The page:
Friendship Circle

“Together we perform miracles” is a mantra I have heard since my nervous 12-year-old- self walked through the doors of the Friendship Circle building that hot summer day.

That day turned into two weeks, and those two weeks turned into years. Suddenly, the past five years flew by volunteering at Friendship Circle and I have loved every second of it. Friendship Circle is a worldwide Jewish-run organization that allows children with special needs to hang out with friends, learn life skills, and be involved in their communities. It is “where individuals with unique abilities and their families, teen volunteers, supporters, and staff link together to form a continuous circle of friendship.”

Friendship Circle helps kids grow and develop throughout their lives in an environment similar to the world outside their homes and neighborhoods. The organization is open to all children with various forms of special needs. I have worked with dozens of kids with needs ranging from Down syndrome, cerebral palsy, and autism.

One of Friendship Circle’s most important goals is to help both children with special needs and also their families. The organization provides support to help families feel accepted in their communities and allows them to rest for a few hours a week,

which is a big help since many of the children the organization supports are unable to go to school full time or at all.

One of the first girls that I became close to at Friendship Circle is named Taylor. Taylor has a form of autism and a seizure disorder that has never been fully explored by scientists. She was 18 when we first started to hang out. At the time, I was 13, and I was assigned to look out for her once a week. Together we would do some of her favorite activities like painting, basketball, soccer, and most of all, talking to boys.

When I first started volunteering with the program in 2015, Friendship Circle was located in various small buildings, changing location from week to week, there were a minimal number of volunteers and not many activities for them to do. Since then, it has grown exponentially. In fact, the new Friendship Circle building named the Life Town Center had its grand opening a few summers ago.

The Life Town Center is located in Livingston, New Jersey, and it is nothing short of miraculous. There is a soundproof gym so that balls bouncing on the floor will not disturb children who experience hearing sensory overload. There is also a sensory room, where children who experience other forms of sensory overload can be in a quiet, tranquil environment. A zero-entry pool enables campers to learn to swim even if they are in a wheelchair by providing an environment where they can stand with the support of the water. There is also a handicap-accessible bowling alley that enables children who are unable to stand by themselves to be able to bowl, and a sand room that teaches campers about different and possibly soothing textures.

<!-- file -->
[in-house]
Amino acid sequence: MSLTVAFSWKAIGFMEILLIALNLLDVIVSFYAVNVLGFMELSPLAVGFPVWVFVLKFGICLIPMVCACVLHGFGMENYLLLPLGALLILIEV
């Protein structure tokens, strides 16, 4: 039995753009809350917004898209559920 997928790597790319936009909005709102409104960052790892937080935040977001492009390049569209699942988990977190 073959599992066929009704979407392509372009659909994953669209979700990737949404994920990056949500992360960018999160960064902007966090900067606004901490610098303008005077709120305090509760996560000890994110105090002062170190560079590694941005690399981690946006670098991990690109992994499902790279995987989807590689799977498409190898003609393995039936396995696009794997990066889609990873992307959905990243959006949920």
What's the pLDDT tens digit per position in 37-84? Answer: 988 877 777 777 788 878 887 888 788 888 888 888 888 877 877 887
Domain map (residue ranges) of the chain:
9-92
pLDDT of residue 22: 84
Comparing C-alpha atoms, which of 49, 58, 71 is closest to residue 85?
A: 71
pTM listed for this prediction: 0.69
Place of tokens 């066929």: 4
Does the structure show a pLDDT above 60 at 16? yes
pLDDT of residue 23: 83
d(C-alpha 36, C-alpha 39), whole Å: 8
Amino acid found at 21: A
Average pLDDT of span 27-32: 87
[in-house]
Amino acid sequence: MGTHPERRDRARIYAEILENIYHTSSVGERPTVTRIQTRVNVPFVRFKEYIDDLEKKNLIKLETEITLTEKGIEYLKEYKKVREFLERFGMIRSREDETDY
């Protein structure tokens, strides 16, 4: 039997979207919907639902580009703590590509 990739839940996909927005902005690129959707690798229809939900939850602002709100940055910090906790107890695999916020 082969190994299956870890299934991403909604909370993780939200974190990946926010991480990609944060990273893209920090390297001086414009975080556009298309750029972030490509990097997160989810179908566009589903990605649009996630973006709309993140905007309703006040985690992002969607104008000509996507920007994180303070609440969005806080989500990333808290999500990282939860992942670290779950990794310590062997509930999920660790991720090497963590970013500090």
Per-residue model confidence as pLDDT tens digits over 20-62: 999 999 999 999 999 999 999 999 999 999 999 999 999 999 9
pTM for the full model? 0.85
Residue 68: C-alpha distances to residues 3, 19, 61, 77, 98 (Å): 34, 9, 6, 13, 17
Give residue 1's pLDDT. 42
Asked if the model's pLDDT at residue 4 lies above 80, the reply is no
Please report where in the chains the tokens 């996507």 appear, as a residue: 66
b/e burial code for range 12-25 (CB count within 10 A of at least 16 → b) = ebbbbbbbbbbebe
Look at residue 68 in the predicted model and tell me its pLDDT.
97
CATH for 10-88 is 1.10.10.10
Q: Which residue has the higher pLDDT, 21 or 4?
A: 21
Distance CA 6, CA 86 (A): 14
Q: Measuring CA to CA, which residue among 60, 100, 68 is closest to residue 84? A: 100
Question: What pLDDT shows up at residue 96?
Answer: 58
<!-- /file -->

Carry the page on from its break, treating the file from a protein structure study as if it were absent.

Friendship Circle’s annual “Allie’s Camp” is a week-long program that pairs a child with special needs with one or two volunteers who take campers places in the area. Activities include bowling, gymnastics, and going to the zoo and various museums outside of the facility. These field trips aim to acclimate many of the children to life outside of their “bubble” and introduces them to glimpses of the outside world without their family members.

In more recent years, I have had the privilege of working with Sam, a 14-year-old boy with cerebral palsy. Sam is non-verbal and uses a wheelchair, and we have a great time together. He absolutely loves to go on swings, play with puppies, and look at the bright lights in the sensory room.

I have loved working with these amazing people over the last five years and doing it alongside my friends who also volunteer has made it even better.

Dean Koenig, who lives in Warren, New Jersey, has been volunteering with the program for two years. He says, “Friendship Circle not only made it possible for many people with special needs to have fun, [but] it has also given me the opportunity to make so many friends, who, despite their differences, have the warmest hearts.”

Tara Cohen from Short Hills, New Jersey, has been volunteering for six years. She says, “Each time I go, I meet the brightest kids. Working with these kids and seeing them have those small moments of laughter and smiles melts my heart. When they call you their best friend and how much it means to them to just hang out with someone for a few hours [it] makes you realize how much this helps them and their families. Friendship Circle is not just a place to volunteer, but a place to make best friends every week.”

The difference that Friendship Circle has made to families across the world is extraordinary, and that is the reason I have spent and will continue spending my time volunteering there. It is the difference-maker for many and a true miracle for thousands.

Mollie Sysler

Mollie Sysler is a four-year senior. She is an editor of the Oracle and is looking forward to continuing writing and editing for her remaining time at Blair.